Wednesday, October 1, 2008

benvenuti a milano

It’s the end of my first full day in Milan. My apartment is beautiful, and seems very big for one person. I have two balconies, all for me. My second suitcase (my beloved backpack) arrived today, so everything is here.

After cooking dinner tonight and sipping my second glass of wine, I lit the candles I found in the flat and a stick of incense I imported from California. It already feels like home.

I taught my first English lesson today and sat in on a class with the kids I will be teaching next week. I loved both – not hard at all!

Valentina has been very helpful in getting me set up with a telephone (still not programmed), internet (haven’t received the adapter yet), directions (I got lost walking to the school), tv (BBC decoder should work by tomorrow), and groceries (the supermarket is a two minute walk). Really she, and her family, have been wonderful and I am so thankful for their help.

I already understand so much Italian, but I really need to speak it for goodness sakes! I think I have not said a single sentence in Italian yet. It runs through my mind constantly though. It’s so easy and fluid. I tried to take a nap (jetlag fighting with two or three espressos) and realized after twenty minutes that I was processing Italian grammar the whole time. I love this part of the process. I can see, too, that I have matured since (and largely because of) my experience five years ago in Romania. I am not afraid to step out of my apartment, not afraid that someone will say something to me I don’t understand, not afraid of making a huge grievous error and receiving angry foreign reprimands. (Remember the ice cream, Sarah?)

Tomorrow I will go into the city of Milan. Where I live is actually a suburb called Rho. Actually, I live in a sort of suburb of the suburb, called Mazzo di Rho. As far as I can tell, Mazzo di Rho is a small shopping center (supermarket, café, flower shop, beautician, tabaccheria, etc) and public school surrounded by apartment buildings and some houses extending out from the shopping center in rings (that’s where I live, and where the English school is). The outermost ring has a lot of industry and connects to the highway. (The lesson I taught today was in one of those companies – they sell ball bearings.) It really is a beautiful model for a tiny suburb. A nice change from my suburb of Boston, where the closest industry is the pizza shop a mile away – and another mile to anything of substance or usefulness.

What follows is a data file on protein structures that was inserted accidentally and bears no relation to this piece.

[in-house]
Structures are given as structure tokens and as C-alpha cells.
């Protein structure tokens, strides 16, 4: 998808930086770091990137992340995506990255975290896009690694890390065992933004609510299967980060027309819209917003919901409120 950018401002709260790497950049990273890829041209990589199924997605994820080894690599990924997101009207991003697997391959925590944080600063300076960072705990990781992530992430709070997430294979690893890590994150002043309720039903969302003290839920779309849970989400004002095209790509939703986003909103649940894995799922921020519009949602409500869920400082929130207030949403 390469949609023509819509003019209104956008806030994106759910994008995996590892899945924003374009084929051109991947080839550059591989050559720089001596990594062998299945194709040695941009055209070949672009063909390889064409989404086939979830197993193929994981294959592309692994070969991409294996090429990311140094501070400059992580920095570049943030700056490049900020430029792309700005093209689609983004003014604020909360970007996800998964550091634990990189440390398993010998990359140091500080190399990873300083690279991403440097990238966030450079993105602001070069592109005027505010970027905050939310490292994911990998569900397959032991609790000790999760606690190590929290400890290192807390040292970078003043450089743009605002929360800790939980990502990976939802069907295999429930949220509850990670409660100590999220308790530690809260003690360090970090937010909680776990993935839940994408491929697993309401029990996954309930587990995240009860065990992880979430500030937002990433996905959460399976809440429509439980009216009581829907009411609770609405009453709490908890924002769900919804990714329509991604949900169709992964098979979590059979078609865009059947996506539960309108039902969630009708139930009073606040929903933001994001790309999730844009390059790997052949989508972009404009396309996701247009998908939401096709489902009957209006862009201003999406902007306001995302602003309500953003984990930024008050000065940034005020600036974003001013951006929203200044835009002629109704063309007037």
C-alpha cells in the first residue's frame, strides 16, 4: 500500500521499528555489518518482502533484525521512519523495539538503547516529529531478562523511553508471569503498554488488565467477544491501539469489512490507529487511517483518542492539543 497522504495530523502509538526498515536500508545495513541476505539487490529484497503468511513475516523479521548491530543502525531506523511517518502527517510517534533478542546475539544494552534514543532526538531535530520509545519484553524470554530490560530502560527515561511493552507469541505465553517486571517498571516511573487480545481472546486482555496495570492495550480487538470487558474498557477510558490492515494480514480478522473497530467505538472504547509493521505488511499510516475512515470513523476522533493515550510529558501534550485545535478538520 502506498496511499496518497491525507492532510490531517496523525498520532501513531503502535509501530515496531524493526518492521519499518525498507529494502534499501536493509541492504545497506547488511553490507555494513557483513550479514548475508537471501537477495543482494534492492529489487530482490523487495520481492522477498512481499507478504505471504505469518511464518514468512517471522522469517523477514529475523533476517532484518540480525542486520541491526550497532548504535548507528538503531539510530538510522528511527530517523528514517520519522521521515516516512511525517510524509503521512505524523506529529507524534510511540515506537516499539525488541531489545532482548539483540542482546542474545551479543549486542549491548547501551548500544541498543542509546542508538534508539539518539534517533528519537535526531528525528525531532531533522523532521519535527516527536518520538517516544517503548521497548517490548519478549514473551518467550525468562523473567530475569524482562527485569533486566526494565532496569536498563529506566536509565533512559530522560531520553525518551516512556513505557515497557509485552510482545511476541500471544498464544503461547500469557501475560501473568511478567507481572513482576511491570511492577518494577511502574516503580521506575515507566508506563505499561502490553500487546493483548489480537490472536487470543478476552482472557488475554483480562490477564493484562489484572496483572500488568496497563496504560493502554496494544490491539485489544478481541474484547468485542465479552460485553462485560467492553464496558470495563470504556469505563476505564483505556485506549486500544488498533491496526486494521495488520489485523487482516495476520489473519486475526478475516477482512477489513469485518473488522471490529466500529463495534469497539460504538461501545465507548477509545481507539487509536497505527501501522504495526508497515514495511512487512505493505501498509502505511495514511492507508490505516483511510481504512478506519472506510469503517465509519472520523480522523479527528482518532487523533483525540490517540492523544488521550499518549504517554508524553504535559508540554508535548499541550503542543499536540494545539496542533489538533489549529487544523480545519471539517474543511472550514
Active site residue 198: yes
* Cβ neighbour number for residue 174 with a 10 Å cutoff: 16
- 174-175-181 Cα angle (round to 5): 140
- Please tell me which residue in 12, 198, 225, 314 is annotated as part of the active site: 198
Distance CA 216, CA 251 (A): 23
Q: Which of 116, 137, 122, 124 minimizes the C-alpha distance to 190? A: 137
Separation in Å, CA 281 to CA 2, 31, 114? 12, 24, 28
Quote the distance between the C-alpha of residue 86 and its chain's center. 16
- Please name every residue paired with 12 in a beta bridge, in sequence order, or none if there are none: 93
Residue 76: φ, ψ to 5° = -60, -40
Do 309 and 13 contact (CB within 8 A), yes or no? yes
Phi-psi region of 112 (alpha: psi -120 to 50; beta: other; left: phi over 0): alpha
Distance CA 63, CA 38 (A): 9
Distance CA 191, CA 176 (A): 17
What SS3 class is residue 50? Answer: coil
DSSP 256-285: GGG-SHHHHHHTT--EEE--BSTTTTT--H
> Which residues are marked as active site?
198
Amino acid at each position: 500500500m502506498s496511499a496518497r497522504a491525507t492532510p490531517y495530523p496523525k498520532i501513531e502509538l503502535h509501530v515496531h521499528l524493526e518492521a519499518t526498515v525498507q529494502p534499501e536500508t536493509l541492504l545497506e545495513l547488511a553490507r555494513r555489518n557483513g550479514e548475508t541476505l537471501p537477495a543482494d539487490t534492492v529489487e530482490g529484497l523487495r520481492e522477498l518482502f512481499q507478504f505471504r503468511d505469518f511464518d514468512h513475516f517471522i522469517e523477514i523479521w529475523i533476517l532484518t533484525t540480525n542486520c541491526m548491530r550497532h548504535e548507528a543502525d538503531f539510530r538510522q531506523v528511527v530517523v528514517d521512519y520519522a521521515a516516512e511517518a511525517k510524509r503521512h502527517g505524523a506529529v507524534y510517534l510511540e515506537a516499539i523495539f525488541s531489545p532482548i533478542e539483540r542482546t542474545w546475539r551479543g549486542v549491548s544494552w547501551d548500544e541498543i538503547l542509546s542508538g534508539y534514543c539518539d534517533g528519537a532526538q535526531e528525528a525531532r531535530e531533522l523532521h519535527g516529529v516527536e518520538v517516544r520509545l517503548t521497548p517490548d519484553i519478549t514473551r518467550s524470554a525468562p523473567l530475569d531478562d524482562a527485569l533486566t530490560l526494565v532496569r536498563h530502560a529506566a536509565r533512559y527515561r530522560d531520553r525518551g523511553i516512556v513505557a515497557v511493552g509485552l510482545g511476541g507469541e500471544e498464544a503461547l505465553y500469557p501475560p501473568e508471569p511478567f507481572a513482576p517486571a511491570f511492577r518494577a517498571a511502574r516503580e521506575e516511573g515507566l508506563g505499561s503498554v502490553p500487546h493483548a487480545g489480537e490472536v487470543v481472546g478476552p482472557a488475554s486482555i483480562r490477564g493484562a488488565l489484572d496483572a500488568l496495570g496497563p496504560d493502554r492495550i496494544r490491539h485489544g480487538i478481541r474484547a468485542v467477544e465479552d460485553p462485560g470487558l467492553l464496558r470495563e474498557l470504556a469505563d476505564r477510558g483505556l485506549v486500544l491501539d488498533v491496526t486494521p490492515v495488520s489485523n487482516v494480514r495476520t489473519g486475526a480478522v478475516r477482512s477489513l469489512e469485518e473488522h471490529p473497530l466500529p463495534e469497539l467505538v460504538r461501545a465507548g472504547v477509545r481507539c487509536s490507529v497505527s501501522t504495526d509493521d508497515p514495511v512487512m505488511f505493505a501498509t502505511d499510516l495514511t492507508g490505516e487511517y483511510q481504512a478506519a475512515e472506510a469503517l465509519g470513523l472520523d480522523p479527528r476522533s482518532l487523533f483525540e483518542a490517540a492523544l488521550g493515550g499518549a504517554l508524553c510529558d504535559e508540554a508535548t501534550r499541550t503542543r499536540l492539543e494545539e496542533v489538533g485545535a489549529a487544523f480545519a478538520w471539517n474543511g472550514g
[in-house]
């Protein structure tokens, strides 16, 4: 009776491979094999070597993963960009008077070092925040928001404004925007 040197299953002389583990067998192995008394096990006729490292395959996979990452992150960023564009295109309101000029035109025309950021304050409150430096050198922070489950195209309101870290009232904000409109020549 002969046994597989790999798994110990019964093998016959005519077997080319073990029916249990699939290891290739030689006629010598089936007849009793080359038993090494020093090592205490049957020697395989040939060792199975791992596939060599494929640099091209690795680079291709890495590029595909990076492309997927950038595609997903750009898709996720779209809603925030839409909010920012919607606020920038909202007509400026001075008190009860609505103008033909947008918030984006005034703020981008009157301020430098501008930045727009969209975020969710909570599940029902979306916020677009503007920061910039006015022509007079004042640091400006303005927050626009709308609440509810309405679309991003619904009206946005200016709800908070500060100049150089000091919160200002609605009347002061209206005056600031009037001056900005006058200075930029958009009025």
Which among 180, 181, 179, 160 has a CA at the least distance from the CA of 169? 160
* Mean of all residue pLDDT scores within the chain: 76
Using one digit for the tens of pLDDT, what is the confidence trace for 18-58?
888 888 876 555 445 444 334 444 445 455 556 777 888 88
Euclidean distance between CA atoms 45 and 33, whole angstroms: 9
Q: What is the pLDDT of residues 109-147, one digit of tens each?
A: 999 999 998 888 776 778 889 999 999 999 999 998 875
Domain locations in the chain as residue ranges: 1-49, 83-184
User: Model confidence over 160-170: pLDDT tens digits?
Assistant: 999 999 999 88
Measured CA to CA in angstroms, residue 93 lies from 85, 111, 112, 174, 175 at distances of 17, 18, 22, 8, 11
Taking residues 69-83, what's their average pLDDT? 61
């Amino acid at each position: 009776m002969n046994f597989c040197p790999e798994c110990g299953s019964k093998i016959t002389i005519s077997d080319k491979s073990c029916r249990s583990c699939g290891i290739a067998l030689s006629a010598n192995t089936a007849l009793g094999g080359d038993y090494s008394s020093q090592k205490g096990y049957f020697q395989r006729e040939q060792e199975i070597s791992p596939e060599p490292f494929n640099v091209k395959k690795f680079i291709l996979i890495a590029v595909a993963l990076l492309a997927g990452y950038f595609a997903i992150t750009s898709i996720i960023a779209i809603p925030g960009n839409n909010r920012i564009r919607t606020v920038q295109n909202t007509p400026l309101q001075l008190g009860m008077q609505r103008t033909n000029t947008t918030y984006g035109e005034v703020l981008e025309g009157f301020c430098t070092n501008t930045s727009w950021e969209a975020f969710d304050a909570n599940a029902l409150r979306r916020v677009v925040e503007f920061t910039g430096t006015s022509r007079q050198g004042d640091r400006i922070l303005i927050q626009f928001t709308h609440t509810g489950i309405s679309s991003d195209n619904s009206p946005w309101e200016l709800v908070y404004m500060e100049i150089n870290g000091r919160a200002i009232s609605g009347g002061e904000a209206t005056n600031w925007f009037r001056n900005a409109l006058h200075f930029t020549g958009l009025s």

The supermarket, though tiny, carries pretty much everything I could want or need. I succumbed to its temptation today and bought, aside from the essentials, several luxury items: a bottle of wine (3,49 euros, delicious), a block of cheese (called Nostrano val Lesina, 1,92 euro), and the most amazing mushrooms I have ever laid eyes on (1,99 euro, the same price as their boring old white button mushrooms). So none of those things were bank breakers, and they make me very happy, but I must remember that I am on a budget, at least until I start making money.

One more observation: supposedly all Italian people do is smoke! but I have yet to see a single Italian person smoking. Maybe that will change tomorrow when I go to the city. I’m holding my breath! (haha, pun. ok, i’m sad.)

Now I must try to sleep, even though my body and mind think it’s only seven in the evening. Hoping the two glasses of wine will help…

1 comment:

Sarah said...

Ahhh! So I have been behind on my blog-reading but I just read this one and YES I remember "lapte baitii" which came shortly AFTER the ice cream. A traumatic day. It is so great to hear how you're doing though--the apartment sounds lovely!!